How Do We Come to Know God’s Character?

Discerning the character of God requires donning special spectacles.

In my last posting (The Slippery Witness of Religious Experience), I wrote about the crucial role of religious experience in answering the question: How do I know God is real? Religious experiences are not infallible proofs for the existence of God. Nonetheless they have played an important role in grounding my own confidence that in such experiences I confront something/someone divine that is real, not a delusion.

Believing God exists, however, does not carry one very far into a full-fledged Christian belief. After we are convinced that God is real, a new question emerges: What is the character of this divine presence we have encountered in our religious or mystical experiences?

If we base our theological reflection on a study of nature alone, we end up with more questions than answers. Is God one or many? Polytheism seems just as compatible with the evidence of nature as any monotheism. In fact, polytheism has been the preferred answer for most people in human history.

Is God good or evil, or just plain uncaring? Again if you try to answer that question by an appeal to nature alone, you get more equivocal answers. Certainly the finely tuned order of the natural world suggests that its creator is not only powerful, but supremely wise.

Is that divine power, however, beneficent? All the natural disasters that have devastated human life would suggest otherwise. At the very least the divine power is unpredictable and possibly capricious.

So where do Christians and Jews get their idea that the divine power they perceive in their religious experiences is a God of justice, love, and forgiveness, committed to their ultimate welfare?

Historical events as revelations

Christians and Jews don’t get that understanding of God from any contemplation of nature. Instead they draw these conclusions from theological reflection upon events in history where they believe God intervened and acted. These events, these acts of God as we call them, reveal God’s character, will, and intentions.

For Old Testament theology, those events include the call of Abraham, the liberation of the Israelites out of Egyptian slavery and their subsequent journey through the wilderness, the establishment of Israelite life in the land of Canaan, the preaching of the Hebrew prophets, the exile of the Israelites from Canaan, and their restoration to the land under the Persians.

Within those events, the experience of the Exodus is especially revelatory of the character of God. In it, we encounter a God committed to liberation, to covenant living, and to compassion for the underprivileged. This Exodus experience reveals a God committed not to the status quo, but one who leads us out of that status quo into something new and more life giving.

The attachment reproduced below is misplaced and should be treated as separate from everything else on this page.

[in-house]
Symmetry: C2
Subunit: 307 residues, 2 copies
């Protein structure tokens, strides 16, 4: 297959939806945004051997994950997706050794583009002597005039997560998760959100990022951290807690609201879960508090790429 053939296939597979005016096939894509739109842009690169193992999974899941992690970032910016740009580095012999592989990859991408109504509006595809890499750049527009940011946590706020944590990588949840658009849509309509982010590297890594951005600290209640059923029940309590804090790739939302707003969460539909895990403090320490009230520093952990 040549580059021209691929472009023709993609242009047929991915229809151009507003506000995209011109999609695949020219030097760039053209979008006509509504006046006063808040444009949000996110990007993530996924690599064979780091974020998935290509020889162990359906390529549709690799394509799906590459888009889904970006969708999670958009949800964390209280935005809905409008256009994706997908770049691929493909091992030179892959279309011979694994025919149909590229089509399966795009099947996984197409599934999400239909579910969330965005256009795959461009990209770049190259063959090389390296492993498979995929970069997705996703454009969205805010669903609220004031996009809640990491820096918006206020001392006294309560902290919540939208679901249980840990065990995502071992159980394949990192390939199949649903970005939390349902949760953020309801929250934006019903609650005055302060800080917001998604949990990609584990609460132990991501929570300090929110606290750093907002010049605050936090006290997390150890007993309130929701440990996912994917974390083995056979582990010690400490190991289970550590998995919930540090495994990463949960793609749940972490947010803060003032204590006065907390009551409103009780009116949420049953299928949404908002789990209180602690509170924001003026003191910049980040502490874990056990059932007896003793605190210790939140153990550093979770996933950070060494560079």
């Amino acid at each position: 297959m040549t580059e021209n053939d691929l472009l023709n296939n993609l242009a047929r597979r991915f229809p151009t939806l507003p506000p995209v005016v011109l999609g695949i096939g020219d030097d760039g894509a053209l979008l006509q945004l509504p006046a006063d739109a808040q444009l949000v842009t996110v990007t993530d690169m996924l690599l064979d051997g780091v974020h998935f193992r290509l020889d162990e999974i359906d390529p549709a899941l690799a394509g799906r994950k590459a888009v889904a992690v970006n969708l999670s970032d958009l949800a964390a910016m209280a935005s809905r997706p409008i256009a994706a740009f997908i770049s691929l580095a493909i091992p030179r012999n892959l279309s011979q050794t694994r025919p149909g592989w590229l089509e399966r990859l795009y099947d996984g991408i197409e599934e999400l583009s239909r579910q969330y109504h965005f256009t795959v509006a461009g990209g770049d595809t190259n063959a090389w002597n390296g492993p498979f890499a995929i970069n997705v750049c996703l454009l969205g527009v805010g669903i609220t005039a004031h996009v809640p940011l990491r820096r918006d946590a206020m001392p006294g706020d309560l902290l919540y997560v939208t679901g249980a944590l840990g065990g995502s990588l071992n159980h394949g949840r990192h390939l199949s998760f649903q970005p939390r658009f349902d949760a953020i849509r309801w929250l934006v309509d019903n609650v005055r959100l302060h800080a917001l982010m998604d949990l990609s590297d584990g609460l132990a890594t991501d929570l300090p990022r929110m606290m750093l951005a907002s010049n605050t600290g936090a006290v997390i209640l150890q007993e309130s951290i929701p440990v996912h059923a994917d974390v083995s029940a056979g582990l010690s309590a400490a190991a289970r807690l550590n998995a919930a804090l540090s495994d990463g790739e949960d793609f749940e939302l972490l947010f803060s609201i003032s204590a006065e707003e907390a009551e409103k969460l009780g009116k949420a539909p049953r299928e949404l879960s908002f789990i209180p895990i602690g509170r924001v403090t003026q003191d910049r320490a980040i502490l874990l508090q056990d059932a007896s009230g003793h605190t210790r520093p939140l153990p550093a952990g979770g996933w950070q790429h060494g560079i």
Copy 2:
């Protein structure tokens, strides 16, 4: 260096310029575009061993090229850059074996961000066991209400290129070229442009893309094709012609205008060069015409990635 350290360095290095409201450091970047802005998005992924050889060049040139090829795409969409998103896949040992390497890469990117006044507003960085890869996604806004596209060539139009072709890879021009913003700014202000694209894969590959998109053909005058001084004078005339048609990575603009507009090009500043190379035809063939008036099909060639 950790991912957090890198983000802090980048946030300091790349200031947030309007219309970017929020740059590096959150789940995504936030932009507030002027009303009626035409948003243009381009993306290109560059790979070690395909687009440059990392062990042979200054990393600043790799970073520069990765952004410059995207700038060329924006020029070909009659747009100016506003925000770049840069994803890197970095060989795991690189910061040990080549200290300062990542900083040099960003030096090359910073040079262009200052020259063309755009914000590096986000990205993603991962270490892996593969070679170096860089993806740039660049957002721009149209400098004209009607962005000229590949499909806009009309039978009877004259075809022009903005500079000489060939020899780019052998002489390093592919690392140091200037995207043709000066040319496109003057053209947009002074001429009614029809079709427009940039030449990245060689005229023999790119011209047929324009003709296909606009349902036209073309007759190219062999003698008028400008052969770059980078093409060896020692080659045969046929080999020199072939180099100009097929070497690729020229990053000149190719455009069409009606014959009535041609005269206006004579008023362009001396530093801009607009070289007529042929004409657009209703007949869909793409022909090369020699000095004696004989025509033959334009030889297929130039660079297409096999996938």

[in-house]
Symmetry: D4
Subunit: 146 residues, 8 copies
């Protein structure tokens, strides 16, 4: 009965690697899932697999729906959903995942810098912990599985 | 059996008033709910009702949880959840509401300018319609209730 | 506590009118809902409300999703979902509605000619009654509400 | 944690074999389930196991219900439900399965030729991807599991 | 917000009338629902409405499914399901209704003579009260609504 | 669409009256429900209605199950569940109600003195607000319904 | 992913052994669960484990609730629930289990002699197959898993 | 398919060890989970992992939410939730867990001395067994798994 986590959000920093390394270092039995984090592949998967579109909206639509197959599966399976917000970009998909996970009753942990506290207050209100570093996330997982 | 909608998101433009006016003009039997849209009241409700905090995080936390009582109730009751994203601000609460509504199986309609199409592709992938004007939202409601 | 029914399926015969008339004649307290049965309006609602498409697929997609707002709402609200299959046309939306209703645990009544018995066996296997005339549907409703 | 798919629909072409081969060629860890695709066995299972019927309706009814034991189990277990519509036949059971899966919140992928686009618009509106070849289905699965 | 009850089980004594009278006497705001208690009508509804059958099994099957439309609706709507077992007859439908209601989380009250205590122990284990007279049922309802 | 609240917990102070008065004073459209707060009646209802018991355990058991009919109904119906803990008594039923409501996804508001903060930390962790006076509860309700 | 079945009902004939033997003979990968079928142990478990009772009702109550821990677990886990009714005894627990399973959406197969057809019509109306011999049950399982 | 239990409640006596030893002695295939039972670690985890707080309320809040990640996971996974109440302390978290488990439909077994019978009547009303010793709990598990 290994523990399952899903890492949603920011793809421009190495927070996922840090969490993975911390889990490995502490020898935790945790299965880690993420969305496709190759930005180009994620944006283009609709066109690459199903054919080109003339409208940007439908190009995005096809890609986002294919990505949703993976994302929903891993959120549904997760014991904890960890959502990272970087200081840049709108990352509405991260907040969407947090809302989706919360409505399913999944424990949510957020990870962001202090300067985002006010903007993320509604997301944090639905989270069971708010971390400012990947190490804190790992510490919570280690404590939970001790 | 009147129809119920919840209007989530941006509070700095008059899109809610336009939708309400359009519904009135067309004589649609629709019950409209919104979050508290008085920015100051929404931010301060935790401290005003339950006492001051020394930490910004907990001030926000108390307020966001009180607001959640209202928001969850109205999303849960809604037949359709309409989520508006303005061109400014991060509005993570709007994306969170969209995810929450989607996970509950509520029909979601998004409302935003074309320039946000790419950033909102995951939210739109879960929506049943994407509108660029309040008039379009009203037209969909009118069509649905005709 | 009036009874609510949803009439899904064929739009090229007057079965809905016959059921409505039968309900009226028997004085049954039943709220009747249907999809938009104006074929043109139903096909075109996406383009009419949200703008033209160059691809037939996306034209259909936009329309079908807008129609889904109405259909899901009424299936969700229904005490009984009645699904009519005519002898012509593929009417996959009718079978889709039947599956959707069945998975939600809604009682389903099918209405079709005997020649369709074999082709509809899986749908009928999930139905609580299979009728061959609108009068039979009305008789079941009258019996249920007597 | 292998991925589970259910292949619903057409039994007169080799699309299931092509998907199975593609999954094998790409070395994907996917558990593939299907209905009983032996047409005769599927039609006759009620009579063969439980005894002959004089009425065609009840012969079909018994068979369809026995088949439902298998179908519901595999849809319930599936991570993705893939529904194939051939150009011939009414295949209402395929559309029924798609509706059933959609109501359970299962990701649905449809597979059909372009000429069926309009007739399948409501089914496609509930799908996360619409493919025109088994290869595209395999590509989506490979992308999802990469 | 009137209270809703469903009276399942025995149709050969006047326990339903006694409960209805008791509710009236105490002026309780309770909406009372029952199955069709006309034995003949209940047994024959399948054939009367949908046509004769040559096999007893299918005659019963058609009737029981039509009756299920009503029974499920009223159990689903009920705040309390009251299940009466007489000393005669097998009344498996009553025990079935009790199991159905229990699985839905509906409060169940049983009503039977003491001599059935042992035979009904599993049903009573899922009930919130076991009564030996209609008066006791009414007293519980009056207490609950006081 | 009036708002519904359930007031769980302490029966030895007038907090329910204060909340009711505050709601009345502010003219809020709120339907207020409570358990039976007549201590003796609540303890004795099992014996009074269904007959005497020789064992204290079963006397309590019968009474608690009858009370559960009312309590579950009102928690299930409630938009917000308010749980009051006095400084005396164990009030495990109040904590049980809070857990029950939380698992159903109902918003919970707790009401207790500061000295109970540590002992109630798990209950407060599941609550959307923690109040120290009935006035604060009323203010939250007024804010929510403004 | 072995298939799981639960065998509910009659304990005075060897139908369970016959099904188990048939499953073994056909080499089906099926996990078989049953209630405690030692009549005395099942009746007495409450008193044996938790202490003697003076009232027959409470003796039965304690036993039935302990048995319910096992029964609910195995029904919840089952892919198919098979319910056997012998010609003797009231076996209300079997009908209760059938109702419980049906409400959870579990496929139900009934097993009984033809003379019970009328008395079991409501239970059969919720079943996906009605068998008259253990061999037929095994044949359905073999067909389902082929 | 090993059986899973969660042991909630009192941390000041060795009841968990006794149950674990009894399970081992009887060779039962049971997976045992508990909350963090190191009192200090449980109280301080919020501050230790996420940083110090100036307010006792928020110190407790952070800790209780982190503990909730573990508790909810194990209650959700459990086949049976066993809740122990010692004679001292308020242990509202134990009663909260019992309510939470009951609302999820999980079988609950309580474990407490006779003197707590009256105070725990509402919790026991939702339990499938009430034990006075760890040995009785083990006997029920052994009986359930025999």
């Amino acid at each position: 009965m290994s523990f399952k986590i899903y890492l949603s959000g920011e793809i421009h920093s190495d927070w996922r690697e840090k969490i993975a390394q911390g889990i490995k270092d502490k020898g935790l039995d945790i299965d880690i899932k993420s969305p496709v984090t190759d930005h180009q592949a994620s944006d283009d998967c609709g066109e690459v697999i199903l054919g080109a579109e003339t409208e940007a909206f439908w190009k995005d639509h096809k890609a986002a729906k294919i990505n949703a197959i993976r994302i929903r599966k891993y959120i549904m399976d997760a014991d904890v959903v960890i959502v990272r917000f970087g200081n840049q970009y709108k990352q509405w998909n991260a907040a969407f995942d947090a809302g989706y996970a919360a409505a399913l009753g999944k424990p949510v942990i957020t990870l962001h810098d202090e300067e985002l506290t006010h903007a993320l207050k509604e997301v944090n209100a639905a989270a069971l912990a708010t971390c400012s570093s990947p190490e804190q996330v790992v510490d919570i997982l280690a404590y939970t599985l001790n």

Through theological reflection upon this Exodus experience, the Israelites came to one of their greatest insights into the character of God. God is a God of committed, loving grace.

The book of Deuteronomy expresses this insight explicitly in a passage in which Moses addresses the people of Israel just before they leave the desert to enter into Canaan. It reads:

For you are a people holy to the LORD your God; the LORD your God has chosen you out of all the peoples on earth to be his people, his treasured possession. It was not because you were more numerous than any other people that the LORD set his heart on you and chose you—for you were the fewest of all peoples. It was because the LORD loved you and kept the oath that he swore to your ancestors, that the LORD has brought you out with a mighty hand, and redeemed you from the house of slavery, from the hand of Pharaoh king of Egypt. (Deuteronomy 7:6-8)

This passage identifies the motive behind God’s actions on behalf of Israel as God’s gracious love and faithfulness. As the theology of the Old Testament and then of the New Testament unfolds, we find that God’s actions on behalf of Israel become the paradigm for how God relates to all humanity. God chooses all of us to be God’s people not because of our superiority, but because God dearly loves the good creation which God created.

For the New Testament, the decisive historical event that reveals and fulfills this character of God is the life, ministry, death, resurrection, and ascension of Jesus. Here we find revealed the depths of the compassion of God. For in those events Christians assert they discover that the character of God is supremely the character of self-giving love, a love that expresses itself in service.

The events of Jesus Christ also confirm those insights into God that we find in the Old Testament. That’s why for Christians the capstone of Biblical theology is reached in the assertion of the Gospel of John: For God so loved the world that he gave his only Son, so that everyone who believes in him may not perish but may have eternal life. (John 3:16)

The Bible offers our spectacles

And here’s where the Bible comes into the picture. The Bible is a collection of writings that report these historical events where the faith communities of Judaism and Christianity have seen God’s intervention into history. The Bible also gives us the theological reflections that those believing communities have used to interpret those events. Through that dialogue between the events and the theological reflections upon those events, our confident assertions about the character of God emerge.

It is for this reason that the Bible continues to play such a central role in the life of faith within both the Jewish and Christian communities. We return again and again to this written word to be reminded of those historical events and to be challenged by the theological interpretations that those written words give to those events.